Joe is a Zionist and Kamala panders to Jewish donors
Those of us who have longed for an end to America’s military engagement in the Middle East have hoped for a candidate who was not tied hand and foot to Israel, which is the root cause of the badly-broken and essentially pointless U.S. foreign policy in the region.
But the real tragedy is that in spite of Israel’s near-constant interference in government process at all levels in the United States, no candidate will mention it except in the most laudatory fashion.
It will be praised as America’s best friend and closest ally, but the price the U.S. has paid for all that balderdash while it has simultaneously been turning itself into the slave of the Jewish state will never surface.
The Democratic Party leadership is owned by Israel through its big Jewish donors whose billions come with only one string attached, i.e. that the Jewish state must be protected, empowered and enriched no matter what damage it does to actual U.S. interests.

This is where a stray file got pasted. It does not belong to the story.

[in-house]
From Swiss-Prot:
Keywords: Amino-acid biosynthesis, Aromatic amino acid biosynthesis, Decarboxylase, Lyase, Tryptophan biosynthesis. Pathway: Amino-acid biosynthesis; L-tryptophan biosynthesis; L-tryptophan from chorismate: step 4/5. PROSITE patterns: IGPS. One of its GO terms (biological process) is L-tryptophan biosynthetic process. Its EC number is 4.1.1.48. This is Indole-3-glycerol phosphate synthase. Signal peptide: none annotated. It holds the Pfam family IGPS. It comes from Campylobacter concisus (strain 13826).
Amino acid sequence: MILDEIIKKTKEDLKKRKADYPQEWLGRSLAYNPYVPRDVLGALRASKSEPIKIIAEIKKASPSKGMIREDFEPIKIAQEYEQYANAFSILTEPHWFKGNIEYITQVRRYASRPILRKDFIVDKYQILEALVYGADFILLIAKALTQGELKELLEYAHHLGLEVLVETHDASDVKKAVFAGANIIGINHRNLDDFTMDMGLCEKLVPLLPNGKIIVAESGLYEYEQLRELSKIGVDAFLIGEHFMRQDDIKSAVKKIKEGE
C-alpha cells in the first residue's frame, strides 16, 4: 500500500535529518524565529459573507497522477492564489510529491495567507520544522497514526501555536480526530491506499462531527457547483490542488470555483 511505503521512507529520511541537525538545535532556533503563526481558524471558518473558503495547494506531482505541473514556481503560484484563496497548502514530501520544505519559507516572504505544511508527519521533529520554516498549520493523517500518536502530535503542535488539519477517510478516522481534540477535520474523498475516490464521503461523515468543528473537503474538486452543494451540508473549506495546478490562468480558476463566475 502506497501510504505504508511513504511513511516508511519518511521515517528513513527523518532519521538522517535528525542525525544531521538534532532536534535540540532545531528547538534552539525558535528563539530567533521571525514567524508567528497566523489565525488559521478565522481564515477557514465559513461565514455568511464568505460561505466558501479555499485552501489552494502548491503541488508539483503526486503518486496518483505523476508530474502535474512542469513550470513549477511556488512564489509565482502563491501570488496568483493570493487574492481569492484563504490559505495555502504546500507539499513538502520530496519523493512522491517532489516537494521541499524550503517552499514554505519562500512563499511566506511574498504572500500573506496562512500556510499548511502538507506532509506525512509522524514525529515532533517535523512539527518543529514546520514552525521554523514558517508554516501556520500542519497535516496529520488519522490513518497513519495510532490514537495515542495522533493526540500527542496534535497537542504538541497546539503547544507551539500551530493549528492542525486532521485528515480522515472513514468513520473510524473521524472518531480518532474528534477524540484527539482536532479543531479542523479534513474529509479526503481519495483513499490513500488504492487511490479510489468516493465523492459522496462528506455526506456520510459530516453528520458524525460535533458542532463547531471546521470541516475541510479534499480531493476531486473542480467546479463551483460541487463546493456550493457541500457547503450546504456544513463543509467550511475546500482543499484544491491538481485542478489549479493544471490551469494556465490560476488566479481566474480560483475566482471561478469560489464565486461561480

Number one Israeli-American billionaire donor Haim Saban has said that he has only one interest, and that is Israel. How such a man can have major influence over American foreign policy and the internal workings of one of its two major parties might be considered the death of real democracy.
At the Israel America Council’s National Conference Nancy Pelosi explicitly put Israel’s interests before America’s: “I have said to people when they ask me if this Capitol crumbled to the ground, the one thing that would remain is our commitment to our aid…and I don’t even call it aid…our cooperation with Israel. That’s fundamental to who we are.”
Jews are not surprisingly considerably over-represented in the Democratic Party Establishment. The influence of powerful Jewish Democrats recently insured that there would be no criticism of Israel, nor mention of Palestine, in the party platform for November’s election.
So extreme is the virulence of some Jews against the Palestinians that a liberal Zionist Rabbi Mark Winer speaking at a Joe Biden rally in Florida recently denounced “progressives” as infected with the “anti-Semitism virus” over their support for Palestinian rights and the Boycott, Divestment and Sanctions (BDS) movement.
No one even sought to challenge him. Another progressive Zionist Rabbi Jill Jacobs tweeted about how liberals have to embrace Israel to avoid offending Jews.
She wrote: While Israel is likely the most divisive issue in the progressive world, setting a litmus test that one cannot consider oneself pro-Israel, or support two states, would divide the vast majority of Jews from the left.
Not what we need when fighting white nationalism.